‘Wingnuts’ at the Door

September 21, 2014

The-West-Wing-the-west-wing-2632708-600-555Some non-comedic events the last couple days with security drama on the West Wing.
Or at least close enough, and spiced with some insightful crazy.
Via USAToday about the guy who jumped the White House fence on Friday, sprinted 70 yards to the front door and manged to get inside before he was subdued: The Associated Press, citing a criminal complaint against Gonzalez, reported that he told the Secret Service he was “concerned that the atmosphere was collapsing” and needed to contact the president “so he could get word out to the people.”

(Illustration found here).

Omar J. Gonzalez, 42. reportedly is a US Army veteran, discharged in 2012 and served three tours in Iraq as a sniper — as he hauled ass across the White House north lawn,ironically: One source familiar with the incident said a sniper on scene had Gonzalez in his rifle sights just in case.
The Gonzalez story looks tragic, the LA Times has a good background story, interviews with friends/family, tales of PTSD, medications and homelessness — the veterans’ song of the era.
However, the incident first of its kind ever at the White House — an intruder getting in the door..

And then add insult to intruder, yesterday just as the Secret Service reported “the location of Gonzalez’s arrest is not acceptable,” another unacceptable:

In the Saturday incident, Secret Service spokesman Ed Donovan said a man showed up at one of the White House gates on foot, then showed up in his a car at another gate and pulled into the vehicle screening area.
He refused to leave and was arrested for unlawful entry.

And there’s Secret Service investigations on the two incidents, and White House security in general. Of course, asshole members of Congress are belching shit about investigations and whatnot — the usual par for political course nowadays.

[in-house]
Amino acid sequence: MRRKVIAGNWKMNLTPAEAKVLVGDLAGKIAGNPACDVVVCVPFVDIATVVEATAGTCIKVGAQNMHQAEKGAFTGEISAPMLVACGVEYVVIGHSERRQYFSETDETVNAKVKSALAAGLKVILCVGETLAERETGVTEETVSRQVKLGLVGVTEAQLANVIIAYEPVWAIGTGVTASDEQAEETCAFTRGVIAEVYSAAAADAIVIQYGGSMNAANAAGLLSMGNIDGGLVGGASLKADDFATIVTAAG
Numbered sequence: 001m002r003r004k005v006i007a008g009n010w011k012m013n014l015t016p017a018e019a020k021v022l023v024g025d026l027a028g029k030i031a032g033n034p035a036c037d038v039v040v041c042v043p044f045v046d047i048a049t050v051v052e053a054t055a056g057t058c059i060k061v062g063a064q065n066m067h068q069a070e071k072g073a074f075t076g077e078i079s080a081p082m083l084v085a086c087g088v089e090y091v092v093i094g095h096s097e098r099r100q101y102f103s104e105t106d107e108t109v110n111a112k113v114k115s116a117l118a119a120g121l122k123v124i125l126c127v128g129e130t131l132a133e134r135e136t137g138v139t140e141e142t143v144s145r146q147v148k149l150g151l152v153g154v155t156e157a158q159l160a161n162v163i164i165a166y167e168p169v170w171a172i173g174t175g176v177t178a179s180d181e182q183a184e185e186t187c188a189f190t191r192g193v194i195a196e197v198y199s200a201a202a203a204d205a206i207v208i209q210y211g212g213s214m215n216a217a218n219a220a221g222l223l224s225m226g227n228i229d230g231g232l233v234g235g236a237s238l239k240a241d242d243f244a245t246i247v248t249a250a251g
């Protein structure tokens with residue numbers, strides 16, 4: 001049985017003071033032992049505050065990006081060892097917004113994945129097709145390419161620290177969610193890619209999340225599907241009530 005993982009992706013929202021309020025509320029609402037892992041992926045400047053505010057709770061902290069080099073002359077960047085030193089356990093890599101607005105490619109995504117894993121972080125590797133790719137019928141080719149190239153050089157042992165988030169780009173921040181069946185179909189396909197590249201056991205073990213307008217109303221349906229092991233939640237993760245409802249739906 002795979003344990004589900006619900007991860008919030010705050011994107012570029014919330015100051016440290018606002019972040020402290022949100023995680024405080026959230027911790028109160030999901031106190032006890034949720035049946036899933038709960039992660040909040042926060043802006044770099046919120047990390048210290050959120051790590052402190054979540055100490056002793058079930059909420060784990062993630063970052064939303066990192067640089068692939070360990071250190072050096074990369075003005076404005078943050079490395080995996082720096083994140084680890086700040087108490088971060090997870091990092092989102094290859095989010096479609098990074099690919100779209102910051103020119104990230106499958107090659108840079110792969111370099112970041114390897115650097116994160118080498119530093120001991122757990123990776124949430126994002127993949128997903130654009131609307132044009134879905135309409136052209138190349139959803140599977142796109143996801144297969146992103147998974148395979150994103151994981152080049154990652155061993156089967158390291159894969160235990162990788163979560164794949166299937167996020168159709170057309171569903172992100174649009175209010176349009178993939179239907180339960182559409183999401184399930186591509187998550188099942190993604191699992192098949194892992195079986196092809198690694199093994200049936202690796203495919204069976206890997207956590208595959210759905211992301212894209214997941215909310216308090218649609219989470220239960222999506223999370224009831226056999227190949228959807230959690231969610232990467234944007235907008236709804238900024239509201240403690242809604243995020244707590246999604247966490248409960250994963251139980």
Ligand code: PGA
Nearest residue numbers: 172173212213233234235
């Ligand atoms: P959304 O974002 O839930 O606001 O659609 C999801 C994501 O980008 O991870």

In a belated-related subject, earlier this morning I came across an interesting, though, an odd story in the Washington Post by one-fantastic fan of the TV series, “West Wing,” and how the show has influenced people — I think it’s the comforting, good-heart of President Barlet’s administration we all seek as greatly-opposed to the reality.
The show is also a personal favorite, one of my first “binge” watches on Netflix. Despite the leftie sensibilities of the show, super fans are called ‘Wingnuts,’ which does ring with the sound of Tea Party.
The fan, Claire Handscombe, keys up the yearn/desire/nostalgia for the metaphysical:

It’s been 15 years since “The West Wing” first graced television screens.
In 1999, we were worrying about the Millennium Bug, paying $700 for DVD players and using pagers.
Yet the show still feels relevant.
There are Twitter accounts posing as the characters, continuing the story line and commenting on current political events.
For example, @LeoMcGarry’s account tweeted on Wednesday: “Getting slurred, incoherent phone calls to do with Scotland and the referendum. Someone please confiscate John Marbury’s mobile phone.”
Couples have walked down the aisle to the show’s theme music.
An iPhone app, pets and even children have been named after the characters.
Some fans say that the show has helped them crawl out of depression or that it’s deepened friendships among those who’ve watched it together.
Others say it has renewed their political idealism, made them want to debate rather than shout at people with different views or showed them that politics is worth engaging with.

Ms. Handscombe does maybe gets a bit obsessive, but apparently it’s done her good. And it’s a well-written piece — she’s a graduate student in American University’s creative writing program.

And how would Barlet’s staff emotionally handle Omar Gonzalez?
Despite having an arsenal and training, he was caught only with a pocket knife:

Jerry Murphy, whose mother was married to Gonzalez for several years, said Gonzalez suffers from post-traumatic stress disorder and that he needs treatment, not to be treated like a criminal.
He said Gonzalez has been driving around the country and living out of his truck for the past couple of years, and that he always carries his knife.
“I know he’s got heavy artillery, you know?
“He’s got all kinds of weapons and he was trained to use them,” Murphy said.
“I believe if he wanted to make a scene or cause problems, he very well could have.
“But it’s clear that he didn’t.”

Margret Hooper might get frightened, Donna Moss might cry, but they’d all get personal, which would translate to some deeply-meaningful, philosophical discussions on the real, true soul of the US Constitution — just like real life.

Leave a Reply

Your email address will not be published. Required fields are marked *

This site uses Akismet to reduce spam. Learn how your comment data is processed.